International Center Welcomes Students "Home"

by Kayla Johnston ’16

Step inside the doors of Azusa Pacific's International Center, and you quickly see why they call all who enter “family.” On any given day, you can find Styrofoam boxes of Chinese takeout covering the table, music playing loudly (with dancing, if you’re lucky), and international and American students sitting on couches laughing, chatting, sharing a meal, and even napping. The International Center is more than an office to these students—it’s home.

With more than 300 international students enrolling at Azusa Pacific University each year, the need for individual care is great. Students representing countries from around the world—most from Asian countries—attend APU and experience a transition unlike that of a student coming from within the United States. International students face a different set of challenges as they acclimate to not only the APU community, but also to American culture. The International Center strives to assist these students through the challenges of culture shock, helping them navigate the chaos of not just starting college, but also, for many, living in America for the first time.

Sue Clark, director of the American Language and Culture Institute, one of three branches of the International Center, says adjusting to American culture is one of the biggest challenges international students face.

“We work with them to learn the silent rules of our culture, whether it’s dress standards or how to speak politely to a teacher, as well as how to ask for help when needed,” Clark said.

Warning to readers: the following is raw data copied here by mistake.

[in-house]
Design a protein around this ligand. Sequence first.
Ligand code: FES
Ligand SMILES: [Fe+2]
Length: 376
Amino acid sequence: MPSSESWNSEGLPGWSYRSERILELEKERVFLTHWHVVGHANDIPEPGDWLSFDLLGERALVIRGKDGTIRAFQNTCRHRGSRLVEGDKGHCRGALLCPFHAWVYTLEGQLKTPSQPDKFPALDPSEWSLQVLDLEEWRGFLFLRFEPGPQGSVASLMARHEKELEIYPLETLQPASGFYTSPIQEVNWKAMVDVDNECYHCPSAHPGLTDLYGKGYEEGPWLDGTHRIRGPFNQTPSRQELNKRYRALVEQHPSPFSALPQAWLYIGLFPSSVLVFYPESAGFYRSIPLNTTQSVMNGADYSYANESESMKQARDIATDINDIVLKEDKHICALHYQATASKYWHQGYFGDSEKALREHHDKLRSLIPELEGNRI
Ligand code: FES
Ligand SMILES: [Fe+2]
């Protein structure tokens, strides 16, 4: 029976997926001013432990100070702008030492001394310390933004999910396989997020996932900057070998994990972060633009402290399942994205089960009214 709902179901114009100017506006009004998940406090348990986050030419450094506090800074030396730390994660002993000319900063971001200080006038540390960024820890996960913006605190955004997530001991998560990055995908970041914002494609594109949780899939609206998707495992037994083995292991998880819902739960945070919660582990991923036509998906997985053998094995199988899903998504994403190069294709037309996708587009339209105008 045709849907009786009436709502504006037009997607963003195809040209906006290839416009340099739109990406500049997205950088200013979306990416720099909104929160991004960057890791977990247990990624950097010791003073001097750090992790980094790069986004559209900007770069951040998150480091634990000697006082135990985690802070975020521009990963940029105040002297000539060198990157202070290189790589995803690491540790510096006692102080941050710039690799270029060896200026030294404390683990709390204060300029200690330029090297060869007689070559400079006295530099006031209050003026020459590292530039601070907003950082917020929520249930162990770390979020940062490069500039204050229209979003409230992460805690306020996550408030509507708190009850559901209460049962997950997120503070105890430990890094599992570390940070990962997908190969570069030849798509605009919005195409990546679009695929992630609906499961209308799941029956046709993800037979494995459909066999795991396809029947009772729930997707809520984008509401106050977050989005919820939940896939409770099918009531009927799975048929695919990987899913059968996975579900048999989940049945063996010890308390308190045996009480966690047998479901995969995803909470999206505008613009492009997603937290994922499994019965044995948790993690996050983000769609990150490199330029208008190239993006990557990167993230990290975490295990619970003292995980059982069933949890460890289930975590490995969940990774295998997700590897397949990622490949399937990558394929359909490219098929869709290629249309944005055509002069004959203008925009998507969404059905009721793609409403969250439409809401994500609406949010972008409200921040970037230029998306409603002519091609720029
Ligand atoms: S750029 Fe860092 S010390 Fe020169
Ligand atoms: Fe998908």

Even the little things that an American student may not think twice about may become a challenging task for international students. “We set up study schedules, help them learn to manage money on their own, and navigate social media,” adds Clark.

To assist with this transition, the International Center hosts International Student Orientation the week before the start of each semester, allowing international students to connect and acclimate to campus before the rush of students hits. During that time, students attend various information sessions, ranging from safety to academics.

“Orientation is a time to help the students get cell phones, bank accounts, ID cards, and tour the campus. We try to connect them with other people and volunteers so when they start going through hard times they don’t feel so alone,” said Mary Grams, director of International Students and Scholars, another branch of the International Center.

Once here, International Students and Scholars comes alongside the international community to provide on-going support throughout their APU experience, from academic assistance and special events to International Chapel and the American-International Mentoring program (AIM). This mentoring program pairs international students with an American student, faculty, or staff member who commits to meeting with them one-on-one, once a week. These meetings are designed to connect the student with someone they can learn from, open up to, and have fun with.

The International Center encourages every American student to sign up to be an AIM partner. “Especially if you are preparing to study abroad, it’s a great opportunity to get to know a new culture,” Grams adds.

She emphasizes the relationship between international and domestic students on campus, encouraging the APU community to reach out and engage those who may feel disconnected. “We are the host to these guests, so we should approach them and be the initiator because it’s much harder as the guest to do that,” Grams said.

Whether it's attending International Chapel on Friday mornings, signing up to be an AIM partner, having a conversation with an international student in class, or even stopping by to introduce yourself, the International Center wants students to know that everyone is welcome in their "family."